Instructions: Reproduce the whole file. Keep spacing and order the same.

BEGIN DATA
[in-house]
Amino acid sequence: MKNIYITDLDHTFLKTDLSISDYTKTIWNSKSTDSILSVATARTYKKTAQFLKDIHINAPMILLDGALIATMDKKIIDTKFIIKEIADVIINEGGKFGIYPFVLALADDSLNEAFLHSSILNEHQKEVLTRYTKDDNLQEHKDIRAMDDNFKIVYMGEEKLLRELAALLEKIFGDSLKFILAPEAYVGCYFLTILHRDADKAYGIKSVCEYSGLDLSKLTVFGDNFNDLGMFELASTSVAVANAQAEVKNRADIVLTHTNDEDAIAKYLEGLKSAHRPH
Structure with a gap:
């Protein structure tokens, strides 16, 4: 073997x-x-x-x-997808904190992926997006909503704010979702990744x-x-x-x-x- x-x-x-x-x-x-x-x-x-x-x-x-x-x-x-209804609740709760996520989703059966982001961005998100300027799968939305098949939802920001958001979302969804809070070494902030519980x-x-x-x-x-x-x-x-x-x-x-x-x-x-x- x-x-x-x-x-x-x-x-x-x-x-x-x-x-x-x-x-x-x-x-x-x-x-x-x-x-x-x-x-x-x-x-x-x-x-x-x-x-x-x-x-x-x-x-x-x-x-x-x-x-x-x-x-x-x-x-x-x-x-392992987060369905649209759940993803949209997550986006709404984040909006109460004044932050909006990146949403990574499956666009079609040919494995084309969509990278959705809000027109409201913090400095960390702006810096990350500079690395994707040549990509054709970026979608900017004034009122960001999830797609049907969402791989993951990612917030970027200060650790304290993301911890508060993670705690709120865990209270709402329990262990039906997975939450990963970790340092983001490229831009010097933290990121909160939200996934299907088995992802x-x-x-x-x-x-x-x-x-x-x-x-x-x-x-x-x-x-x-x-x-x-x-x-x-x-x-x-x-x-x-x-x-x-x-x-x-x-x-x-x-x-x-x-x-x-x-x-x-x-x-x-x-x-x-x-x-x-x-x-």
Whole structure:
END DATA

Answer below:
[in-house]
Amino acid sequence: MKNIYITDLDHTFLKTDLSISDYTKTIWNSKSTDSILSVATARTYKKTAQFLKDIHINAPMILLDGALIATMDKKIIDTKFIIKEIADVIINEGGKFGIYPFVLALADDSLNEAFLHSSILNEHQKEVLTRYTKDDNLQEHKDIRAMDDNFKIVYMGEEKLLRELAALLEKIFGDSLKFILAPEAYVGCYFLTILHRDADKAYGIKSVCEYSGLDLSKLTVFGDNFNDLGMFELASTSVAVANAQAEVKNRADIVLTHTNDEDAIAKYLEGLKSAHRPH
Structure with a gap:
């Protein structure tokens, strides 16, 4: 073997x-x-x-x-997808904190992926997006909503704010979702990744x-x-x-x-x- x-x-x-x-x-x-x-x-x-x-x-x-x-x-x-209804609740709760996520989703059966982001961005998100300027799968939305098949939802920001958001979302969804809070070494902030519980x-x-x-x-x-x-x-x-x-x-x-x-x-x-x- x-x-x-x-x-x-x-x-x-x-x-x-x-x-x-x-x-x-x-x-x-x-x-x-x-x-x-x-x-x-x-x-x-x-x-x-x-x-x-x-x-x-x-x-x-x-x-x-x-x-x-x-x-x-x-x-x-x-x-392992987060369905649209759940993803949209997550986006709404984040909006109460004044932050909006990146949403990574499956666009079609040919494995084309969509990278959705809000027109409201913090400095960390702006810096990350500079690395994707040549990509054709970026979608900017004034009122960001999830797609049907969402791989993951990612917030970027200060650790304290993301911890508060993670705690709120865990209270709402329990262990039906997975939450990963970790340092983001490229831009010097933290990121909160939200996934299907088995992802x-x-x-x-x-x-x-x-x-x-x-x-x-x-x-x-x-x-x-x-x-x-x-x-x-x-x-x-x-x-x-x-x-x-x-x-x-x-x-x-x-x-x-x-x-x-x-x-x-x-x-x-x-x-x-x-x-x-x-x-």
Whole structure: